The way questions are asked is vital for understanding the importance of answers. For example, for years many researchers have asked workplace related questions that make it seem like no one is engaged in their work and almost everyone hates everything about their job. That’s unrealistic and not terribly useful. There are many more people who are perfectly at peace with their work but if they could do something else, they would choose to do so. That more realistic and useful approach is the one that Monster.com recently took when studying the workplace.
Over the past decade, the average American’s perspective has shifted dramatically. During the recession and for the first couple of years after, most Americans were happy if they simply had a job with some degree of security. Now, with the best jobs-economy in 49 years, it’s easy to envision more than what you find in your day-to-day.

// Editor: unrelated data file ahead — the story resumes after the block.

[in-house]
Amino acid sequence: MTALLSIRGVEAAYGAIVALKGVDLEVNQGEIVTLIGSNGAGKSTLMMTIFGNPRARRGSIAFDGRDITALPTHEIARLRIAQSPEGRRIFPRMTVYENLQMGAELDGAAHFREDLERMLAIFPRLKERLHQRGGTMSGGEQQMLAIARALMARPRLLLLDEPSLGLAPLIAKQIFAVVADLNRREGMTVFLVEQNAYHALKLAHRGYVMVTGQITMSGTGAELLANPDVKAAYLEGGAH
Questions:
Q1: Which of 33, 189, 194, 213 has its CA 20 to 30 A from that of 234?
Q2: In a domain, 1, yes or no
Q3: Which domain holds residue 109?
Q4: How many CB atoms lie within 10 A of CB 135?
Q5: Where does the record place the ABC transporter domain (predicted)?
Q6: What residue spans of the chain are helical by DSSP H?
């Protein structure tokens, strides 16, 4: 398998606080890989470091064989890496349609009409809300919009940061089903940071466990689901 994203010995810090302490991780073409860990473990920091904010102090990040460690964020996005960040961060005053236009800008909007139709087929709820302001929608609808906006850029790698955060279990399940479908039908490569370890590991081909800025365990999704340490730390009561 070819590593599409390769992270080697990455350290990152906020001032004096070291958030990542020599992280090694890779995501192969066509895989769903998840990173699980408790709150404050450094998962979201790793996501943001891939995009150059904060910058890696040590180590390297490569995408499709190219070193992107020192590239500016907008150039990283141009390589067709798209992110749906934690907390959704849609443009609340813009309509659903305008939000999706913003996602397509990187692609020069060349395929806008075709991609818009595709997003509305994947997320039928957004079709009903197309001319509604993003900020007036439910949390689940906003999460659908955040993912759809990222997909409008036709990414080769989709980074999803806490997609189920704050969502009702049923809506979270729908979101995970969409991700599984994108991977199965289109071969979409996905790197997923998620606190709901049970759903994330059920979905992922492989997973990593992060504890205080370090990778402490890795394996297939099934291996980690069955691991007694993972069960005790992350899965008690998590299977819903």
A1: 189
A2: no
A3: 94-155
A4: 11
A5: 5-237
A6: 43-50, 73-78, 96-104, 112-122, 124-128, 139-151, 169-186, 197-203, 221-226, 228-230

Monster found that when our mind drifts at work, most commonly we’re thinking of what we’d prefer to be working on. 64% of people say they constantly fantasize about working in a different job during their shift. 27% of people say they think about it near weekly and 7% said only on a bad day.
So, what's the percentage of those who do love their job?
Only 2% say they love their job. This isn’t the end of the world. Again, even for the 64%, it doesn’t mean they hate their work, it just means they aspire for more than they’re doing which isn’t a bad thing. The most important point, especially in management, is not to take your employees, especially top performers, for granted and to help them advance towards their goals. Lastly, if you truly love your job, don’t take it for granted! Most dream to feel the way you do about your work.
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